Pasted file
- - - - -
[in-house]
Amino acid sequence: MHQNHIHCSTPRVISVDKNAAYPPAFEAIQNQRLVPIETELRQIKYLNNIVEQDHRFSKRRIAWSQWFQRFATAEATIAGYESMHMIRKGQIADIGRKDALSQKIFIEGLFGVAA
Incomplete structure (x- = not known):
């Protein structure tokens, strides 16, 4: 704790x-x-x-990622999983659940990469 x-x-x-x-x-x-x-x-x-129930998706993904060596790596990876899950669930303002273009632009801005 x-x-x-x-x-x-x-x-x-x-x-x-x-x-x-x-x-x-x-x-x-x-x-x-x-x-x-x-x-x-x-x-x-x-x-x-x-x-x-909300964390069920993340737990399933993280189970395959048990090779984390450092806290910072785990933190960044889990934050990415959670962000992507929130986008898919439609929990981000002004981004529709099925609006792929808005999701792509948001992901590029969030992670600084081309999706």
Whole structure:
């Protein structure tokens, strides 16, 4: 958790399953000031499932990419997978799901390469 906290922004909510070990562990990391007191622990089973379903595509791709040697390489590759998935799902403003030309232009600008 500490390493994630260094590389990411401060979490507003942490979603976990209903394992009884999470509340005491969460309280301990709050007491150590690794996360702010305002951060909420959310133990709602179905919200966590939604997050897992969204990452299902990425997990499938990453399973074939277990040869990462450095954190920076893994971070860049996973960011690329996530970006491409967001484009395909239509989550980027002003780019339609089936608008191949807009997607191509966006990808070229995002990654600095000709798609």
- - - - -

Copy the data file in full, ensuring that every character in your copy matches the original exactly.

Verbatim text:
[in-house]
Amino acid sequence: MHQNHIHCSTPRVISVDKNAAYPPAFEAIQNQRLVPIETELRQIKYLNNIVEQDHRFSKRRIAWSQWFQRFATAEATIAGYESMHMIRKGQIADIGRKDALSQKIFIEGLFGVAA
Incomplete structure (x- = not known):
């Protein structure tokens, strides 16, 4: 704790x-x-x-990622999983659940990469 x-x-x-x-x-x-x-x-x-129930998706993904060596790596990876899950669930303002273009632009801005 x-x-x-x-x-x-x-x-x-x-x-x-x-x-x-x-x-x-x-x-x-x-x-x-x-x-x-x-x-x-x-x-x-x-x-x-x-x-x-909300964390069920993340737990399933993280189970395959048990090779984390450092806290910072785990933190960044889990934050990415959670962000992507929130986008898919439609929990981000002004981004529709099925609006792929808005999701792509948001992901590029969030992670600084081309999706």
Whole structure:
């Protein structure tokens, strides 16, 4: 958790399953000031499932990419997978799901390469 906290922004909510070990562990990391007191622990089973379903595509791709040697390489590759998935799902403003030309232009600008 500490390493994630260094590389990411401060979490507003942490979603976990209903394992009884999470509340005491969460309280301990709050007491150590690794996360702010305002951060909420959310133990709602179905919200966590939604997050897992969204990452299902990425997990499938990453399973074939277990040869990462450095954190920076893994971070860049996973960011690329996530970006491409967001484009395909239509989550980027002003780019339609089936608008191949807009997607191509966006990808070229995002990654600095000709798609």